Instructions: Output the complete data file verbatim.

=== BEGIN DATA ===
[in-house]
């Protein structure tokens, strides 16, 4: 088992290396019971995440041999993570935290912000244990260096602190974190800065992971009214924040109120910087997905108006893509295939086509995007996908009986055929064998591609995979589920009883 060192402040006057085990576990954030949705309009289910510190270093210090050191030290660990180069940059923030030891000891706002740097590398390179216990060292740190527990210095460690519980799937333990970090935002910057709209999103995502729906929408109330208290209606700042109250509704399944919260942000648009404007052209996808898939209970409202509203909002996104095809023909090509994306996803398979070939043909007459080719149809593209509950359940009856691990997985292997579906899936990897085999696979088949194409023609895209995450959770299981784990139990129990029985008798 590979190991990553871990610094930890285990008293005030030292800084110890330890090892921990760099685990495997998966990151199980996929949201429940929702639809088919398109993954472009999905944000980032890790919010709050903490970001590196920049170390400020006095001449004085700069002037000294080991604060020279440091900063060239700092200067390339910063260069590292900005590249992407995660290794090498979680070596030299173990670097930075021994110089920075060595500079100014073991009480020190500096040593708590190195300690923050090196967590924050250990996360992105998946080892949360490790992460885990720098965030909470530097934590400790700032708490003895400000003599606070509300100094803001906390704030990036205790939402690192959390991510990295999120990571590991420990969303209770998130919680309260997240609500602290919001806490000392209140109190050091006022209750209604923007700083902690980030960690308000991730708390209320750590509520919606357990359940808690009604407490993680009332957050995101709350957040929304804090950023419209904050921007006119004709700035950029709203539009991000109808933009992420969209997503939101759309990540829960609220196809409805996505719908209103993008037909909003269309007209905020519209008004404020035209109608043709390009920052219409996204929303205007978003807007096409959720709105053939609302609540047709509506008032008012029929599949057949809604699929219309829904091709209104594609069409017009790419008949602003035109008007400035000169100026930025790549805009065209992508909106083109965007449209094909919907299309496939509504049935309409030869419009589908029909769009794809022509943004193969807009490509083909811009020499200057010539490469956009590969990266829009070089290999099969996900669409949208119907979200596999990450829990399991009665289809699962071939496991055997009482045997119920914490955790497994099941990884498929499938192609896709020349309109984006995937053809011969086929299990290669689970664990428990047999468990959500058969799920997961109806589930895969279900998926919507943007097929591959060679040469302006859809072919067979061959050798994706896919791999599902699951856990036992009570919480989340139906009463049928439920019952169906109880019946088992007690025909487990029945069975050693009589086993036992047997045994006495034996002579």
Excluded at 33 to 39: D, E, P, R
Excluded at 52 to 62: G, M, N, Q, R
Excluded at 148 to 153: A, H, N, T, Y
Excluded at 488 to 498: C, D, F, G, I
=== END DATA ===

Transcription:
[in-house]
């Protein structure tokens, strides 16, 4: 088992290396019971995440041999993570935290912000244990260096602190974190800065992971009214924040109120910087997905108006893509295939086509995007996908009986055929064998591609995979589920009883 060192402040006057085990576990954030949705309009289910510190270093210090050191030290660990180069940059923030030891000891706002740097590398390179216990060292740190527990210095460690519980799937333990970090935002910057709209999103995502729906929408109330208290209606700042109250509704399944919260942000648009404007052209996808898939209970409202509203909002996104095809023909090509994306996803398979070939043909007459080719149809593209509950359940009856691990997985292997579906899936990897085999696979088949194409023609895209995450959770299981784990139990129990029985008798 590979190991990553871990610094930890285990008293005030030292800084110890330890090892921990760099685990495997998966990151199980996929949201429940929702639809088919398109993954472009999905944000980032890790919010709050903490970001590196920049170390400020006095001449004085700069002037000294080991604060020279440091900063060239700092200067390339910063260069590292900005590249992407995660290794090498979680070596030299173990670097930075021994110089920075060595500079100014073991009480020190500096040593708590190195300690923050090196967590924050250990996360992105998946080892949360490790992460885990720098965030909470530097934590400790700032708490003895400000003599606070509300100094803001906390704030990036205790939402690192959390991510990295999120990571590991420990969303209770998130919680309260997240609500602290919001806490000392209140109190050091006022209750209604923007700083902690980030960690308000991730708390209320750590509520919606357990359940808690009604407490993680009332957050995101709350957040929304804090950023419209904050921007006119004709700035950029709203539009991000109808933009992420969209997503939101759309990540829960609220196809409805996505719908209103993008037909909003269309007209905020519209008004404020035209109608043709390009920052219409996204929303205007978003807007096409959720709105053939609302609540047709509506008032008012029929599949057949809604699929219309829904091709209104594609069409017009790419008949602003035109008007400035000169100026930025790549805009065209992508909106083109965007449209094909919907299309496939509504049935309409030869419009589908029909769009794809022509943004193969807009490509083909811009020499200057010539490469956009590969990266829009070089290999099969996900669409949208119907979200596999990450829990399991009665289809699962071939496991055997009482045997119920914490955790497994099941990884498929499938192609896709020349309109984006995937053809011969086929299990290669689970664990428990047999468990959500058969799920997961109806589930895969279900998926919507943007097929591959060679040469302006859809072919067979061959050798994706896919791999599902699951856990036992009570919480989340139906009463049928439920019952169906109880019946088992007690025909487990029945069975050693009589086993036992047997045994006495034996002579």
Excluded at 33 to 39: D, E, P, R
Excluded at 52 to 62: G, M, N, Q, R
Excluded at 148 to 153: A, H, N, T, Y
Excluded at 488 to 498: C, D, F, G, I